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Rep. Elijah Cummings, D-Md., claps during a campaign event featuring Democratic presidential candidate Hillary Clinton at City Garage in Baltimore, Sunday, April 10, 2016.
Rep. Elijah Cummings, D-Md., claps during a campaign event featuring Democratic presidential candidate Hillary Clinton at City Garage in Baltimore, Sunday, April 10, 2016. (Patrick Semansky / AP)

In this time of fake news, Trump tweets and Russian hackers, in the midst of a presidential transition that looks like casting for a disaster movie — in short, a storm of baffling and disturbing events — Elijah Cummings has a big job on his hands: explaining to American citizens why the Republican businessman they elected as president should give up his businesses.

The Baltimore congressman, the ranking Democrat on the House Oversight and Government Reform Committee, hopes to conduct a forum on the matter this week, a kind of teach-in on the emoluments clause of the U.S. Constitution, which bars any official from accepting salary, gift or profit from a foreign power.

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"We have to guard the democracy," Cummings says. "If we had a Democrat as president, who owned 111 companies in 18 countries, I'd go to that president and say, 'Look, you gotta deal with this.'"

And by "dealing with this," Cummings means letting go, divesting and turning all assets into a blind trust to avoid conflicts of interest and accusations of corruption.

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Donald Trump, the billionaire tycoon and president-elect, promises a news conference on Thursday to announce that he "will be leaving my great business in total to focus on running the country." In a series of tweets, he said his children would attend the event, leading to speculation that he intends to have his family take charge of his companies — indeed, 111 in 18 countries and territories, according to The Washington Post — while he presides over the nation.

That might sound acceptable, but it stops far short of the financial propriety of previous presidents and, according to some constitutional scholars, would leave Trump in violation of the emoluments clause.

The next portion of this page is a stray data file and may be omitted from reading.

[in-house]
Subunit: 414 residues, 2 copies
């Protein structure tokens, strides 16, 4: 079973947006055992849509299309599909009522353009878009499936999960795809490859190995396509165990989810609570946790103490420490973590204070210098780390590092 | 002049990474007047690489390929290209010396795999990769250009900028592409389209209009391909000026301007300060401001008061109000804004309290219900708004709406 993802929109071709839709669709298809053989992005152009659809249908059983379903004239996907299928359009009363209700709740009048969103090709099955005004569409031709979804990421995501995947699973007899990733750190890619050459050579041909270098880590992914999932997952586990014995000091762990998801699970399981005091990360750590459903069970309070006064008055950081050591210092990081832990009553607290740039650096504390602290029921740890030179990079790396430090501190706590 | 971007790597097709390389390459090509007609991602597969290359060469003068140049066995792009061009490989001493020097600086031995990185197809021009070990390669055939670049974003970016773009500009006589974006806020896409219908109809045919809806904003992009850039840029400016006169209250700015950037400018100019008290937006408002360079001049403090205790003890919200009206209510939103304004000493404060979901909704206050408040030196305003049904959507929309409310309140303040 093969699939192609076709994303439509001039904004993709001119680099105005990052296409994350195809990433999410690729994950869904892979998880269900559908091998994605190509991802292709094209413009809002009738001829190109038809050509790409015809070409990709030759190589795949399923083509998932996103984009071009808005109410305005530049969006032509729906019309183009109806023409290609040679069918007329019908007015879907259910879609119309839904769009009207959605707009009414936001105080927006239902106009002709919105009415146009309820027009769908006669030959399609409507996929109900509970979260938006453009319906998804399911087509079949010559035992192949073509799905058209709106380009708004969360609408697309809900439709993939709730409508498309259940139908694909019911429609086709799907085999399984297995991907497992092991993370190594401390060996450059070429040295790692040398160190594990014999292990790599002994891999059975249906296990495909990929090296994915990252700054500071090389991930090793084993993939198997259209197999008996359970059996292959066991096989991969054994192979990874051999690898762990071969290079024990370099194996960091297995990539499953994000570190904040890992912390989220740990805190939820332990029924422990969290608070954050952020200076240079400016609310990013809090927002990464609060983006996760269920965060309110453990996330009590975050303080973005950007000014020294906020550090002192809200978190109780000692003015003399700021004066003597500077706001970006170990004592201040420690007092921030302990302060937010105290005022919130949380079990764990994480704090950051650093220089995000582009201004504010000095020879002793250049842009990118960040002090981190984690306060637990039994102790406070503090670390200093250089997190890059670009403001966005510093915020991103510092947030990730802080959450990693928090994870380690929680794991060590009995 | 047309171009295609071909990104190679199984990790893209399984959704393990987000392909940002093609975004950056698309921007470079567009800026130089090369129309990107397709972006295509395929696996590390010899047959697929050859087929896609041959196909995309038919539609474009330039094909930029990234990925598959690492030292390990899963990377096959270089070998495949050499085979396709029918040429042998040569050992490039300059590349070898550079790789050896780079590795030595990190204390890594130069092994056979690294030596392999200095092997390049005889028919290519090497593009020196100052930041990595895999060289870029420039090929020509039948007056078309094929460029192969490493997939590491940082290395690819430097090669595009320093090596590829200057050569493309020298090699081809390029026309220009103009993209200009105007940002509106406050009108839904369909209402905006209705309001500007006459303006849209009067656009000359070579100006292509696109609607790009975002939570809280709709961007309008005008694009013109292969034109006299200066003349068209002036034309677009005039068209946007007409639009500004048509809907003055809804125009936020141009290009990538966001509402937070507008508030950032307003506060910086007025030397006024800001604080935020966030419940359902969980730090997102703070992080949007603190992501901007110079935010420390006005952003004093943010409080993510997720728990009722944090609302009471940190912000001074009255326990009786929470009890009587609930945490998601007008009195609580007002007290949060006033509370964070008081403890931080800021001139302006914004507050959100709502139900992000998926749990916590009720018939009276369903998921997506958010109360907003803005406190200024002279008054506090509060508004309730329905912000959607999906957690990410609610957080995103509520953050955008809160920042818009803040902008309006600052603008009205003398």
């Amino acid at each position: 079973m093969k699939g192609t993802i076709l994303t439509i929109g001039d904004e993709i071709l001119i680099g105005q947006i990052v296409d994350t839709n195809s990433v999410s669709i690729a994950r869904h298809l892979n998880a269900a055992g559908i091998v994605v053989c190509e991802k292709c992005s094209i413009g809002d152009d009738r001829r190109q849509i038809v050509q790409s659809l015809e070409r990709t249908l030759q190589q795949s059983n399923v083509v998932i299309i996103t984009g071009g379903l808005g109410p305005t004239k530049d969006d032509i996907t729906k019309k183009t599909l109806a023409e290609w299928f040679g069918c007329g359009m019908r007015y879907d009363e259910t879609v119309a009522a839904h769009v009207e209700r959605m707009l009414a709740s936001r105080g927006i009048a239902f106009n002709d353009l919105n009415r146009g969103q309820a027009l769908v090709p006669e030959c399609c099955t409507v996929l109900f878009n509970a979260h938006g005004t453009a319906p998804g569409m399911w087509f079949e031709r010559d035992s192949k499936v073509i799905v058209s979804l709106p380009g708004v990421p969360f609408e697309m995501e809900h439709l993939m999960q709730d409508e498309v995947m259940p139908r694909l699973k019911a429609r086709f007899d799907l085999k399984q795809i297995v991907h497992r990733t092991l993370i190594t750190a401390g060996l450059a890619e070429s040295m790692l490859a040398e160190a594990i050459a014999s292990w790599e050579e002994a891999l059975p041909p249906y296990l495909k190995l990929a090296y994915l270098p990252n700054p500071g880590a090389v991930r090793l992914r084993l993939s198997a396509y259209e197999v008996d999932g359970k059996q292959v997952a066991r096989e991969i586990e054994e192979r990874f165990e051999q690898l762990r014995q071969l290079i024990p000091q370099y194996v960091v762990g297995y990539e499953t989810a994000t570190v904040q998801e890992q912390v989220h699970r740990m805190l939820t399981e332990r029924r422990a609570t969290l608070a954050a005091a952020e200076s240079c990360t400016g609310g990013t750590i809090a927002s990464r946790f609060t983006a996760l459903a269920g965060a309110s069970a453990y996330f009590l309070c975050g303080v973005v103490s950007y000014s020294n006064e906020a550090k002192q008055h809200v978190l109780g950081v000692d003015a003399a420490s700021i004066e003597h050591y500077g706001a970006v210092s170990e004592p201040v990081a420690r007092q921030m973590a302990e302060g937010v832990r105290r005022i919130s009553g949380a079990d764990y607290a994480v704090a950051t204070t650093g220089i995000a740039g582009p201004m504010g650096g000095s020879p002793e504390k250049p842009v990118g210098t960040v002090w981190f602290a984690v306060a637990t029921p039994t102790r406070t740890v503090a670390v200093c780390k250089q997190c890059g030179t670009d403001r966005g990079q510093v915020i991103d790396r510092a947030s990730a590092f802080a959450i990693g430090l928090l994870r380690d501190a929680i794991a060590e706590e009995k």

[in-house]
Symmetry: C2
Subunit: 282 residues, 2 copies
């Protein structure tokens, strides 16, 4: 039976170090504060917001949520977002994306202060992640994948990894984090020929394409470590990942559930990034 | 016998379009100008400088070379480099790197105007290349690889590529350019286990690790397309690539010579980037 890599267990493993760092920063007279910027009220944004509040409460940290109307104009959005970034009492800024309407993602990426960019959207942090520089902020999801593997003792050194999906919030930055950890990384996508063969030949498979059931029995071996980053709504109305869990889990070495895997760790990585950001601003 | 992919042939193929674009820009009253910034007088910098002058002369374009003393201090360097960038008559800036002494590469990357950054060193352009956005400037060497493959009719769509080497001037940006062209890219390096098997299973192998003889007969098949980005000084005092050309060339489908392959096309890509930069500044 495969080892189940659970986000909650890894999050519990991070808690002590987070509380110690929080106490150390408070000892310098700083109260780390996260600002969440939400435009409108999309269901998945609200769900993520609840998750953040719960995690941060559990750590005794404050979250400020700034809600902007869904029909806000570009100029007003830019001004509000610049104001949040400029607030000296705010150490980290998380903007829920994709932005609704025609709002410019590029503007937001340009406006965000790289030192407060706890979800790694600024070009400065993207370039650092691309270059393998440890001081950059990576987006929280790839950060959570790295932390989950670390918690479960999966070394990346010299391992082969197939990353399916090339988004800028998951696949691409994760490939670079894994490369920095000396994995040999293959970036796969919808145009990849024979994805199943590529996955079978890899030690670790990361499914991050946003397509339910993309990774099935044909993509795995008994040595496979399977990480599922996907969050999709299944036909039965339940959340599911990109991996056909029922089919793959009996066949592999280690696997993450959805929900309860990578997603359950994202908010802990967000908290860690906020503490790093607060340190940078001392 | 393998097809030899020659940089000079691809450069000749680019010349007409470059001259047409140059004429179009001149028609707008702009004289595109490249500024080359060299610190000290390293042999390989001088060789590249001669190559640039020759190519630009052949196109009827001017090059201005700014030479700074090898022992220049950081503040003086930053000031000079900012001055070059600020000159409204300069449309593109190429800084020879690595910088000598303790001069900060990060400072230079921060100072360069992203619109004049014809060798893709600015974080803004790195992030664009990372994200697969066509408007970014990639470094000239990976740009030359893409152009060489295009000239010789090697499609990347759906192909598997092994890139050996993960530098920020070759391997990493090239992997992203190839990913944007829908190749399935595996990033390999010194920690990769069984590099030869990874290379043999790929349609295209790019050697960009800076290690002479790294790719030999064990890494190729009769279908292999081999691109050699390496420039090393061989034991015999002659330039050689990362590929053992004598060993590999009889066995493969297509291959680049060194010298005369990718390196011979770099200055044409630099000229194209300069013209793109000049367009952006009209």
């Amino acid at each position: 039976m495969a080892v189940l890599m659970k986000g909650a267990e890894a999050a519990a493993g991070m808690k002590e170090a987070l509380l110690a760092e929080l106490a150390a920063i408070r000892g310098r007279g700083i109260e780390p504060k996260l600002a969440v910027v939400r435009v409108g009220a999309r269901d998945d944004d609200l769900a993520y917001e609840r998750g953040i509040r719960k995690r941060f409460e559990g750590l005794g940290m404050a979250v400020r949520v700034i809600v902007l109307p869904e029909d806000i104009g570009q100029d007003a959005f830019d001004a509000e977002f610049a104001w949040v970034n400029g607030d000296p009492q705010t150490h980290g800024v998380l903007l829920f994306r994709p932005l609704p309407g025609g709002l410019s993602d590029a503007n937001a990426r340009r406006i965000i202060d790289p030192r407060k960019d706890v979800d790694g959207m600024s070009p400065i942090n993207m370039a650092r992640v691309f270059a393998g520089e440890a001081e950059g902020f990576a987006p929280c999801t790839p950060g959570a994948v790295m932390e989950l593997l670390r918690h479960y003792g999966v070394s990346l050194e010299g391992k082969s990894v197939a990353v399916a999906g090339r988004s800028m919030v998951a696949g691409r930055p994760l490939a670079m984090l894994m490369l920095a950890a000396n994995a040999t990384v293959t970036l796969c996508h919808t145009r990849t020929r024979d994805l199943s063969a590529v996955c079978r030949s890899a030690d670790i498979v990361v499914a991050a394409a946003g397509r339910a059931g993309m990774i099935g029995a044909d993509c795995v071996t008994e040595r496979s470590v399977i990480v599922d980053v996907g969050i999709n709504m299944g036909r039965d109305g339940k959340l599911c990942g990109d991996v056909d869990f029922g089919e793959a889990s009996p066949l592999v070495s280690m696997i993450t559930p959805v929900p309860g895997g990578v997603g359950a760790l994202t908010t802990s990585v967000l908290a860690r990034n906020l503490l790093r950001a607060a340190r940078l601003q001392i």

In an essay for The Atlantic, legal and governance experts describe the clause as "the original financial conflict of interest law of the United States, and the only one embodied in the Constitution."

The authors are Norman Eisen, former ethics counsel to President Barack Obama, and Richard Painter, who served as White House ethics counsel during the George W. Bush administration. Eisen and Painter argue that, short of divesting of his companies and placing all assets in a blind trust, with no involvement by his adult children, Trump will be in violation of the Constitution "the moment he takes office — and the plan for his business that he hinted at on Twitter does not solve the problem."

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Painter is among witnesses that Cummings hopes to call to his forum ahead of Trump's news conference. The congressman wants to gather testimony from leading constitutional scholars — Harvard's Laurence Tribe, among others — in support of these foundational principles: The president cannot serve himself while serving the nation, and the president is not above the law.

"The only way he can properly do this," Cummings says of Trump, "is to fully divest, to avoid even the appearance of a conflict of interest." The problems of turning his business operations over to his children are inherent, Cummings says, and profits from business deals, some of which involve foreign governments, will continue to flow back to Trump. The solution, he says, is divestiture and a blind trust, managed by a neutral party.

Cummings' forum could be critical to getting Americans — Republicans, Democrats, Trump lovers, Trump haters — to understand what's going on here.

The argument Painter, Eisner and others make might be legally impeccable, but it apparently sounds extreme to many.

Consider a recent Bloomberg News poll that asked the following question: "Donald Trump said he plans to take himself completely out of business operations as part of becoming president. His adult children may be involved both in running the business and in serving as advisers to him as president. Do you think Donald Trump should sell all his businesses so that neither he nor his family could potentially profit from actions he takes as president, or does that go too far?"

Sixty-nine percent of respondents said that action would "go too far." Just 26 percent thought he should sell his businesses.

But, at the same time, 67 percent said Trump must choose between being president and being a businessman.

Getting that level of public sentiment in sync with an understanding of the emoluments clause — basically, a civics lesson that an overwhelming majority of Americans never had until Trump came along — is the task before Cummings and those on the side of the Constitution. And this at a time when so many people apparently accept fake news and reject facts as partisan opinion.

"I want to be very careful about this and approach it in a bipartisan way," says Cummings. "I want to include Republicans and Democrats."

But so far, congressional Republicans, including the once-critical, now-acquiescent House Speaker Paul Ryan, have shown little interest in challenging Trump. "This is not what I'm concerned about in Congress," Ryan said the other day.

That kind of talk, says Cummings, normalizes the unacceptable. And there's been too much of that already.

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